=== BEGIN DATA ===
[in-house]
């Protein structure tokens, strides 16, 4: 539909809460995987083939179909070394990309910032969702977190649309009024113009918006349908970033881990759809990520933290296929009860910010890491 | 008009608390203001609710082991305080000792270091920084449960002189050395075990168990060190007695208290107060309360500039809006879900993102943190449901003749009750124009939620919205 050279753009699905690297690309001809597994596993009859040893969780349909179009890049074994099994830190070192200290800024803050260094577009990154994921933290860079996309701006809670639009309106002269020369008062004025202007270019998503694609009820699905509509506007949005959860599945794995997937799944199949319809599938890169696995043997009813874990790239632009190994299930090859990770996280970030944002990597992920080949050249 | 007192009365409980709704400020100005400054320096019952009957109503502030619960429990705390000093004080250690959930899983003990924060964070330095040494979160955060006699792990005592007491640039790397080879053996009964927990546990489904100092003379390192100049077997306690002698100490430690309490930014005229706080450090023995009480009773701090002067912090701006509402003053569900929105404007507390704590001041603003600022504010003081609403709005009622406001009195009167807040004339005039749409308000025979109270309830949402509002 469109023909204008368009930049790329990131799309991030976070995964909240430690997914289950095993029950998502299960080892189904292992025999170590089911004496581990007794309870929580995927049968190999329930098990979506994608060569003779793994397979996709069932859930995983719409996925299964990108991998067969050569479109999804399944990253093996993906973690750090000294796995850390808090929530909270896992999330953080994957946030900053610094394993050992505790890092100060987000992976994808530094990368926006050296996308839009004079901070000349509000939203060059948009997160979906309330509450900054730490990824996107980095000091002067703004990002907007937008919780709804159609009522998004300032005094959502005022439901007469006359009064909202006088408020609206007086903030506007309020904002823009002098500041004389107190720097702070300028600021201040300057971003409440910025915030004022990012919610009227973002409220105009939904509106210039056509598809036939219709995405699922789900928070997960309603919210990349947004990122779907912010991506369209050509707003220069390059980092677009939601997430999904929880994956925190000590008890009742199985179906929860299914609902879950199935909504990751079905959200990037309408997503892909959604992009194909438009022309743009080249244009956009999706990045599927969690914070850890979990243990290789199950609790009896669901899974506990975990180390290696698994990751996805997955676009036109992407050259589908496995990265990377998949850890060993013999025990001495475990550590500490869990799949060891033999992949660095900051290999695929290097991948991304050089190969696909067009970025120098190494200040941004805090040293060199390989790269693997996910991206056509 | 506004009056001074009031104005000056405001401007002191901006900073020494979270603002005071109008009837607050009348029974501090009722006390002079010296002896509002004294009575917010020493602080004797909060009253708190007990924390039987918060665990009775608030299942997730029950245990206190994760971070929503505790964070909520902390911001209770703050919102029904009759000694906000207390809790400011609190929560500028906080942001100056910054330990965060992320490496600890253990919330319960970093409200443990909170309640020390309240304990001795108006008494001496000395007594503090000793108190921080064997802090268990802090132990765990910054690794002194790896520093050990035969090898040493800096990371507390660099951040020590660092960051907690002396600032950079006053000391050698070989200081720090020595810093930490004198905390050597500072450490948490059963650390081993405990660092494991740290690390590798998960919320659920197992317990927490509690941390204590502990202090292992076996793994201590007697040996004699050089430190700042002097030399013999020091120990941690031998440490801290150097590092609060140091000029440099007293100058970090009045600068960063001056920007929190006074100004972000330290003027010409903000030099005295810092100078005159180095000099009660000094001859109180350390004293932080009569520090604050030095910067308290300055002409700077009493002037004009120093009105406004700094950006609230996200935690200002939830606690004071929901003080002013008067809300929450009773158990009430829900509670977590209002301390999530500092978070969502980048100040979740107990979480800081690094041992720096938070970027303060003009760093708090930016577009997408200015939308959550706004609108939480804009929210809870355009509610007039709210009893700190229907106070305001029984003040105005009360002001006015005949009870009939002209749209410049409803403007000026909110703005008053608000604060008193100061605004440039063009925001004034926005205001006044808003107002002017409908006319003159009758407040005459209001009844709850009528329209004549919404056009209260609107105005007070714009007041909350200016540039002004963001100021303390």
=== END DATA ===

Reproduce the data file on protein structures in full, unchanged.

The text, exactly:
[in-house]
């Protein structure tokens, strides 16, 4: 539909809460995987083939179909070394990309910032969702977190649309009024113009918006349908970033881990759809990520933290296929009860910010890491 | 008009608390203001609710082991305080000792270091920084449960002189050395075990168990060190007695208290107060309360500039809006879900993102943190449901003749009750124009939620919205 050279753009699905690297690309001809597994596993009859040893969780349909179009890049074994099994830190070192200290800024803050260094577009990154994921933290860079996309701006809670639009309106002269020369008062004025202007270019998503694609009820699905509509506007949005959860599945794995997937799944199949319809599938890169696995043997009813874990790239632009190994299930090859990770996280970030944002990597992920080949050249 | 007192009365409980709704400020100005400054320096019952009957109503502030619960429990705390000093004080250690959930899983003990924060964070330095040494979160955060006699792990005592007491640039790397080879053996009964927990546990489904100092003379390192100049077997306690002698100490430690309490930014005229706080450090023995009480009773701090002067912090701006509402003053569900929105404007507390704590001041603003600022504010003081609403709005009622406001009195009167807040004339005039749409308000025979109270309830949402509002 469109023909204008368009930049790329990131799309991030976070995964909240430690997914289950095993029950998502299960080892189904292992025999170590089911004496581990007794309870929580995927049968190999329930098990979506994608060569003779793994397979996709069932859930995983719409996925299964990108991998067969050569479109999804399944990253093996993906973690750090000294796995850390808090929530909270896992999330953080994957946030900053610094394993050992505790890092100060987000992976994808530094990368926006050296996308839009004079901070000349509000939203060059948009997160979906309330509450900054730490990824996107980095000091002067703004990002907007937008919780709804159609009522998004300032005094959502005022439901007469006359009064909202006088408020609206007086903030506007309020904002823009002098500041004389107190720097702070300028600021201040300057971003409440910025915030004022990012919610009227973002409220105009939904509106210039056509598809036939219709995405699922789900928070997960309603919210990349947004990122779907912010991506369209050509707003220069390059980092677009939601997430999904929880994956925190000590008890009742199985179906929860299914609902879950199935909504990751079905959200990037309408997503892909959604992009194909438009022309743009080249244009956009999706990045599927969690914070850890979990243990290789199950609790009896669901899974506990975990180390290696698994990751996805997955676009036109992407050259589908496995990265990377998949850890060993013999025990001495475990550590500490869990799949060891033999992949660095900051290999695929290097991948991304050089190969696909067009970025120098190494200040941004805090040293060199390989790269693997996910991206056509 | 506004009056001074009031104005000056405001401007002191901006900073020494979270603002005071109008009837607050009348029974501090009722006390002079010296002896509002004294009575917010020493602080004797909060009253708190007990924390039987918060665990009775608030299942997730029950245990206190994760971070929503505790964070909520902390911001209770703050919102029904009759000694906000207390809790400011609190929560500028906080942001100056910054330990965060992320490496600890253990919330319960970093409200443990909170309640020390309240304990001795108006008494001496000395007594503090000793108190921080064997802090268990802090132990765990910054690794002194790896520093050990035969090898040493800096990371507390660099951040020590660092960051907690002396600032950079006053000391050698070989200081720090020595810093930490004198905390050597500072450490948490059963650390081993405990660092494991740290690390590798998960919320659920197992317990927490509690941390204590502990202090292992076996793994201590007697040996004699050089430190700042002097030399013999020091120990941690031998440490801290150097590092609060140091000029440099007293100058970090009045600068960063001056920007929190006074100004972000330290003027010409903000030099005295810092100078005159180095000099009660000094001859109180350390004293932080009569520090604050030095910067308290300055002409700077009493002037004009120093009105406004700094950006609230996200935690200002939830606690004071929901003080002013008067809300929450009773158990009430829900509670977590209002301390999530500092978070969502980048100040979740107990979480800081690094041992720096938070970027303060003009760093708090930016577009997408200015939308959550706004609108939480804009929210809870355009509610007039709210009893700190229907106070305001029984003040105005009360002001006015005949009870009939002209749209410049409803403007000026909110703005008053608000604060008193100061605004440039063009925001004034926005205001006044808003107002002017409908006319003159009758407040005459209001009844709850009528329209004549919404056009209260609107105005007070714009007041909350200016540039002004963001100021303390």